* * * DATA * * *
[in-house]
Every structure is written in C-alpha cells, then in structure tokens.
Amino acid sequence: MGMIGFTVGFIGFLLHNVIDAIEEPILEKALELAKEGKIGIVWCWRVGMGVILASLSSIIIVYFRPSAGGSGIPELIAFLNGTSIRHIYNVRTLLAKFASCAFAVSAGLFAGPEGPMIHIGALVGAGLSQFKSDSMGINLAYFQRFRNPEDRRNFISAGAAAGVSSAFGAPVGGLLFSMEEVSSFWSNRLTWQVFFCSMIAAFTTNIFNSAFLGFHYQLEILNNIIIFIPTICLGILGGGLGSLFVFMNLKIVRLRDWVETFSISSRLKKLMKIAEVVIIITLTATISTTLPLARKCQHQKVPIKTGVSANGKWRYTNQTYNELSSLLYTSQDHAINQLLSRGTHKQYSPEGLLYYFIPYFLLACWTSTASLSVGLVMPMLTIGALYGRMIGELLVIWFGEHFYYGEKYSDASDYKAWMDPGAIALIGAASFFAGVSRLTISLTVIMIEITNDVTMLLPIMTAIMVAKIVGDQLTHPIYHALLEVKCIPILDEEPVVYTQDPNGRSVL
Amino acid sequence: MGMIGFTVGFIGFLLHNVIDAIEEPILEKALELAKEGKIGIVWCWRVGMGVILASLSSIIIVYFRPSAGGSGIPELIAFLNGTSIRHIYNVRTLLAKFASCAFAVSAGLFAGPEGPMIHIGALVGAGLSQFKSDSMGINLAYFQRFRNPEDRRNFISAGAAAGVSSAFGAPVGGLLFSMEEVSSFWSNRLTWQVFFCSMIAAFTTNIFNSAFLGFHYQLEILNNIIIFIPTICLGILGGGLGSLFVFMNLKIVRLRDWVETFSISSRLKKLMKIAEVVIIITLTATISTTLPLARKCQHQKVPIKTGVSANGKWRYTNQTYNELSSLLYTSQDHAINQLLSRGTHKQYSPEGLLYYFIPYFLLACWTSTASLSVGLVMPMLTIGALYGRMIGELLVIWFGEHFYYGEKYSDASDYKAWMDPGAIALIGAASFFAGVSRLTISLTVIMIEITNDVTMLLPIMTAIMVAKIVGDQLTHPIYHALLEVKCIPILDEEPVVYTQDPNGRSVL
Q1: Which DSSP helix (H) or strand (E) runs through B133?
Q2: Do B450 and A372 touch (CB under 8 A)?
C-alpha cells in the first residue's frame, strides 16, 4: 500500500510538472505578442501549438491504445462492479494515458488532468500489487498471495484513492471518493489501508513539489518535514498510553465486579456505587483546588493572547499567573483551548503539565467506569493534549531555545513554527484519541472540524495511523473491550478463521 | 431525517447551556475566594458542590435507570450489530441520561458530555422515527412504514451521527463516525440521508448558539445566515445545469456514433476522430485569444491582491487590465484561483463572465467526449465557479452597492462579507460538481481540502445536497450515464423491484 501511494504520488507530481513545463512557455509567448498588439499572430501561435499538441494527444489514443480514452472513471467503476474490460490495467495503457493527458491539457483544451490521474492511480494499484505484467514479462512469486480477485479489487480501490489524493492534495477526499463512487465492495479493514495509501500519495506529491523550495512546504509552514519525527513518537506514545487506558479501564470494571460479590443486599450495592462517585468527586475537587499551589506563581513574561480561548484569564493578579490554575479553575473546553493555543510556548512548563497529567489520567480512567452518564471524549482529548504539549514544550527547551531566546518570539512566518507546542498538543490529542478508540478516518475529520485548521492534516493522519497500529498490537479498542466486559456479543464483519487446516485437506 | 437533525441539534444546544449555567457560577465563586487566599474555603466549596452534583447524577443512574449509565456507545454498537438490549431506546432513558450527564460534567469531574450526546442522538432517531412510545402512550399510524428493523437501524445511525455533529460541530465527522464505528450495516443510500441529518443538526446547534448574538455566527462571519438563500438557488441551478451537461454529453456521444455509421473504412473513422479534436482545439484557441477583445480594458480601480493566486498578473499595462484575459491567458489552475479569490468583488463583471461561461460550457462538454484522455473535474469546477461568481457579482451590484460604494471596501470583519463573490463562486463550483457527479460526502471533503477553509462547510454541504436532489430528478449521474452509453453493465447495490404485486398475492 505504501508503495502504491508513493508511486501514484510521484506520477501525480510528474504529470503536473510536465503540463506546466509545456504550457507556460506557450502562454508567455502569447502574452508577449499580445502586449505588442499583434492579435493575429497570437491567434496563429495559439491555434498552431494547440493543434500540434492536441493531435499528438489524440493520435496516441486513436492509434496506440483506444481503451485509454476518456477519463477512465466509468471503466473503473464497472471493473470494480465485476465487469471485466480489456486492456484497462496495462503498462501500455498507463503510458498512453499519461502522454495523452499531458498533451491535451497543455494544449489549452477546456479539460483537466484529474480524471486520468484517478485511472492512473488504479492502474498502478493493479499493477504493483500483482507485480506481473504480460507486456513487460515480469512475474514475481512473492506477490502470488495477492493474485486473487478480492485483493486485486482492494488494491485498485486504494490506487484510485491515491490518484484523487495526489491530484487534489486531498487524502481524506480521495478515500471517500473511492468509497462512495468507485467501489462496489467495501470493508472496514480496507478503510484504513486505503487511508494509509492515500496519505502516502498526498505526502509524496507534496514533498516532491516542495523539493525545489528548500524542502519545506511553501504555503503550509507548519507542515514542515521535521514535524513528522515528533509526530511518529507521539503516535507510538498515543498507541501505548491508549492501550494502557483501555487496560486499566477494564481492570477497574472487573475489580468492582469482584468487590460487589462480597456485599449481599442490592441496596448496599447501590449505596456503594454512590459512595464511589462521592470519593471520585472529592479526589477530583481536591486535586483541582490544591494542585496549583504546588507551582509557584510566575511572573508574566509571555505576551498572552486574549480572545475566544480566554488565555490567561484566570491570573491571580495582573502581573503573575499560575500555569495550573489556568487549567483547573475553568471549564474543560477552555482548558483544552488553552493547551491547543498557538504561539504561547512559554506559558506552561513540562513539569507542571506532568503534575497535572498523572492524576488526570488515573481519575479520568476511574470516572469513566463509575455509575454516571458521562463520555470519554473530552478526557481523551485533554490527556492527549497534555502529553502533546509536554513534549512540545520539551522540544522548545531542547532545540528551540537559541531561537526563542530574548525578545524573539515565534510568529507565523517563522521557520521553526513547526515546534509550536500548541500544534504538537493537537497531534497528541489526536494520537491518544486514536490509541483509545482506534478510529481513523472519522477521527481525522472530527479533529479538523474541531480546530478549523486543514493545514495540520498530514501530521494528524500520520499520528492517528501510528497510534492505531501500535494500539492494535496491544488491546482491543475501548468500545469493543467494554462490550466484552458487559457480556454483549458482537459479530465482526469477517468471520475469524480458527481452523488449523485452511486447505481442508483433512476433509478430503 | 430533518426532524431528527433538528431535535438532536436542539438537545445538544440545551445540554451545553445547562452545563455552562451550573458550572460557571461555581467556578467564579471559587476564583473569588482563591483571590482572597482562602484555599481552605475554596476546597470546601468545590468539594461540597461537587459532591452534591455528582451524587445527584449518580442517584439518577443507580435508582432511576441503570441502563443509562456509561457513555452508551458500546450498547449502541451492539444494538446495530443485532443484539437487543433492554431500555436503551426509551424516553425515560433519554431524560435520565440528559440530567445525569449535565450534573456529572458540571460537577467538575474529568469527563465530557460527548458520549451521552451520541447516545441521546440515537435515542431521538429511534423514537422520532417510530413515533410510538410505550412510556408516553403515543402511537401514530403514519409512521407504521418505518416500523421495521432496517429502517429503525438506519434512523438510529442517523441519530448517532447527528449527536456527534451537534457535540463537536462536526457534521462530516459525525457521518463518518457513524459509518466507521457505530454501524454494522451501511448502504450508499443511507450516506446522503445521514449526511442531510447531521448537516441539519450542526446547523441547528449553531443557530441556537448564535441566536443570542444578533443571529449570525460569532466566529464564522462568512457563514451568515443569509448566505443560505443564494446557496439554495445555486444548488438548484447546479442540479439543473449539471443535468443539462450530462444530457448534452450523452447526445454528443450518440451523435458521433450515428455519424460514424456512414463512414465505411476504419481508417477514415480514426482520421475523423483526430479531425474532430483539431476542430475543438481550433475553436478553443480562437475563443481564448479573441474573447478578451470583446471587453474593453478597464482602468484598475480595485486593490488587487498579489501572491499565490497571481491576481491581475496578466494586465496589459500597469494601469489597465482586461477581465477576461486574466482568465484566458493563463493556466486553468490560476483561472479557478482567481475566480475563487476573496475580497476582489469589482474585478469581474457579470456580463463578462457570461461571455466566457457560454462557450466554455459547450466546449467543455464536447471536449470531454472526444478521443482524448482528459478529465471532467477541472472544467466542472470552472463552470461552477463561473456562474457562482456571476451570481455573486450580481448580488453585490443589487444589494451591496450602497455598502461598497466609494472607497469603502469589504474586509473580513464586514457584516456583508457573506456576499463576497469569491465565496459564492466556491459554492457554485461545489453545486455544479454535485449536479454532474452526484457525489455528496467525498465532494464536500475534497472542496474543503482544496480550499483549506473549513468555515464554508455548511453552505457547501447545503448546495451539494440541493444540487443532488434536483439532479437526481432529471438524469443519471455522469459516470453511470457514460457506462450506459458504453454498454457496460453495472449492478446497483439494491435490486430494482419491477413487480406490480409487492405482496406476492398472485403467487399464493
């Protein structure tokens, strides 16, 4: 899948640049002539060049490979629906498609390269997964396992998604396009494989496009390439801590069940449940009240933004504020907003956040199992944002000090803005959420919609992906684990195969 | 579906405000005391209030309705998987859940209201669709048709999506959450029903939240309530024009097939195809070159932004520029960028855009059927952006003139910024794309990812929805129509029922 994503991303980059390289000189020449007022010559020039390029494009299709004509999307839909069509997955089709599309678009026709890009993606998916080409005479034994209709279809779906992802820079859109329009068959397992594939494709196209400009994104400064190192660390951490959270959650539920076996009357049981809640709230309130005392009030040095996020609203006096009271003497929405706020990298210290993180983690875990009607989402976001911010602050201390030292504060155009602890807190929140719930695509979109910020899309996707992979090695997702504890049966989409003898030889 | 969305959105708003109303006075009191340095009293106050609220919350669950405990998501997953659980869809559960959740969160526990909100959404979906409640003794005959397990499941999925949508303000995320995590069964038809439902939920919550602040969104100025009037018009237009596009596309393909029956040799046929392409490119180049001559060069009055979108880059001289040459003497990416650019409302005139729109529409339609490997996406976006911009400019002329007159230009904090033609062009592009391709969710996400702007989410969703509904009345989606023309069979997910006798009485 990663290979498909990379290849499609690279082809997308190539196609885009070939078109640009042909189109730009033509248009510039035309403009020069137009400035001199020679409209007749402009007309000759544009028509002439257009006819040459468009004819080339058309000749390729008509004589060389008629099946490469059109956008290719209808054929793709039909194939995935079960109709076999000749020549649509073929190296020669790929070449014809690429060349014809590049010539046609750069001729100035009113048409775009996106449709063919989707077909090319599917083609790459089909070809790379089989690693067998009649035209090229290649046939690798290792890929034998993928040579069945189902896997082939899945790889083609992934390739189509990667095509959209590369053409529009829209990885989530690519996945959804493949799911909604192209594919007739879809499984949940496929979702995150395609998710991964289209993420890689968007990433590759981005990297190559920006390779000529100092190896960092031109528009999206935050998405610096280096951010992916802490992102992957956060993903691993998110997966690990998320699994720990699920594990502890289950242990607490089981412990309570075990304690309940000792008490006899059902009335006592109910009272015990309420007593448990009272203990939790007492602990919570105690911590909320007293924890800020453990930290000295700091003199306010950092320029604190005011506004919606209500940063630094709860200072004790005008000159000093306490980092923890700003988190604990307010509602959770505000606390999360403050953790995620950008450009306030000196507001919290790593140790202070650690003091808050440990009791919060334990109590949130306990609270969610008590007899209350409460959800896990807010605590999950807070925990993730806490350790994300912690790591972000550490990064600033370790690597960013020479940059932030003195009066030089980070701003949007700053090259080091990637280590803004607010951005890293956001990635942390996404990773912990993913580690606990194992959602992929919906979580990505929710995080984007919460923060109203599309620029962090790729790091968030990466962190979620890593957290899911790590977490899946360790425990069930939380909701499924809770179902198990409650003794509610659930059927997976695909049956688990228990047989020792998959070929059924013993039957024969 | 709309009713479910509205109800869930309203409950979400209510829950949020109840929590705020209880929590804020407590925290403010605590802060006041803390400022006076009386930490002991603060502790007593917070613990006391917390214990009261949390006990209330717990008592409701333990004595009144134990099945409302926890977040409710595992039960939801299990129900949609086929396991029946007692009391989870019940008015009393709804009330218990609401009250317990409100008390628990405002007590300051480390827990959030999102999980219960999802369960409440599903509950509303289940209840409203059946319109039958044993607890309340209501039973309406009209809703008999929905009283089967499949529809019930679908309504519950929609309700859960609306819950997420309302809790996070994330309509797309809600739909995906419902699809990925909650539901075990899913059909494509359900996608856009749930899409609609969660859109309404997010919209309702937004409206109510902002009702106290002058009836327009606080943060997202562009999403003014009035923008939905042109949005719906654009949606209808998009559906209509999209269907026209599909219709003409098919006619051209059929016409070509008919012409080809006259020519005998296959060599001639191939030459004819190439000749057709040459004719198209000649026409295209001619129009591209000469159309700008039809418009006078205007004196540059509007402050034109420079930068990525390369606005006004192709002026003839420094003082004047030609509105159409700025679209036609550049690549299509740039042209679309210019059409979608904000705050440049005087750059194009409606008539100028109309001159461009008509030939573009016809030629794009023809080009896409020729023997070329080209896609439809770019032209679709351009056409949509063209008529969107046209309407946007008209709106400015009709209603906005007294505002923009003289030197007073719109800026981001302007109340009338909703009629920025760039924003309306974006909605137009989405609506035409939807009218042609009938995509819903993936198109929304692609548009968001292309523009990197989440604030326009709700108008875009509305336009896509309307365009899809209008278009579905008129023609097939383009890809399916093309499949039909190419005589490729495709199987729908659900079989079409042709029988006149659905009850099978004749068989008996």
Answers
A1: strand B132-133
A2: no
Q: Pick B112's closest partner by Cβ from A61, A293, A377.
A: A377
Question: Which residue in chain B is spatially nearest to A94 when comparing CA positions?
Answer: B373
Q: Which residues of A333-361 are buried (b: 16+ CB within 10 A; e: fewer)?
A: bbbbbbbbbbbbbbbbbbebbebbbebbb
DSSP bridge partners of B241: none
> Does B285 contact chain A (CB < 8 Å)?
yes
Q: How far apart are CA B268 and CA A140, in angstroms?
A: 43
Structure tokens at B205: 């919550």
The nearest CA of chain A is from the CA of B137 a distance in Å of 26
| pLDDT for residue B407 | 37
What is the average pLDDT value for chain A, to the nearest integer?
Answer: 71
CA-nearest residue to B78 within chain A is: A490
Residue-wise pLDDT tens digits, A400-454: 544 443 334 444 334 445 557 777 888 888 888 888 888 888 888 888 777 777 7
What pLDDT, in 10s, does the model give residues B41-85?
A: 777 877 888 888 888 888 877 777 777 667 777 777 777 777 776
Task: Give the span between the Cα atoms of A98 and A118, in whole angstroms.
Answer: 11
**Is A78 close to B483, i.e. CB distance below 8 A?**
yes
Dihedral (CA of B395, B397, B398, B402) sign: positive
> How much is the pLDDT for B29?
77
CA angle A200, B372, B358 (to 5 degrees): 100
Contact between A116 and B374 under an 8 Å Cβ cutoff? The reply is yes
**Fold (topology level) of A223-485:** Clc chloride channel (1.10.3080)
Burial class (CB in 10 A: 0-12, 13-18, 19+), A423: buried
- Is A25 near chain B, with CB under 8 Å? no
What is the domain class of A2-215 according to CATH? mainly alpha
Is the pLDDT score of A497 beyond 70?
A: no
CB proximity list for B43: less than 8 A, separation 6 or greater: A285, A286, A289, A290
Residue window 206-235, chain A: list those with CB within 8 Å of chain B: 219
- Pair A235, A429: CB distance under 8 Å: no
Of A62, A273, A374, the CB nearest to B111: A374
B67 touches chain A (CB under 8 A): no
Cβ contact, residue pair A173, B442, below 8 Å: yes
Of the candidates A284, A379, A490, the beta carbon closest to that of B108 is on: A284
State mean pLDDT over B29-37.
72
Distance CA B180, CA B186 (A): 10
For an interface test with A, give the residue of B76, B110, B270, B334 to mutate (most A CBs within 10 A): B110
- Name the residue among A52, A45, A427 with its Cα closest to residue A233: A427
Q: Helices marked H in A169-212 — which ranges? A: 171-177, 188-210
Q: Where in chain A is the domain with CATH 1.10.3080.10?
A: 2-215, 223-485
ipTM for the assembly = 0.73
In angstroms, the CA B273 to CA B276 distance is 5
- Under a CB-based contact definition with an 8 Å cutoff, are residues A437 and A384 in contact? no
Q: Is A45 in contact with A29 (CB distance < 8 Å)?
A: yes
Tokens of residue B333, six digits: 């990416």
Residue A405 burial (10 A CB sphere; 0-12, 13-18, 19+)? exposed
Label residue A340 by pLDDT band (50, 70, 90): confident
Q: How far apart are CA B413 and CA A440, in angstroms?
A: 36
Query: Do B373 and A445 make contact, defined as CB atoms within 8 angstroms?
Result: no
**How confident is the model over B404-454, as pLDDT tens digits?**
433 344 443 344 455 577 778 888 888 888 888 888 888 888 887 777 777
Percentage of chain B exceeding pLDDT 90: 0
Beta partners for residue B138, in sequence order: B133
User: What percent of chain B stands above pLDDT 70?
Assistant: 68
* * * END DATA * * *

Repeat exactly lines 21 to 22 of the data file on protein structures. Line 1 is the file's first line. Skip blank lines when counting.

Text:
Q: How far apart are CA B268 and CA A140, in angstroms?
A: 43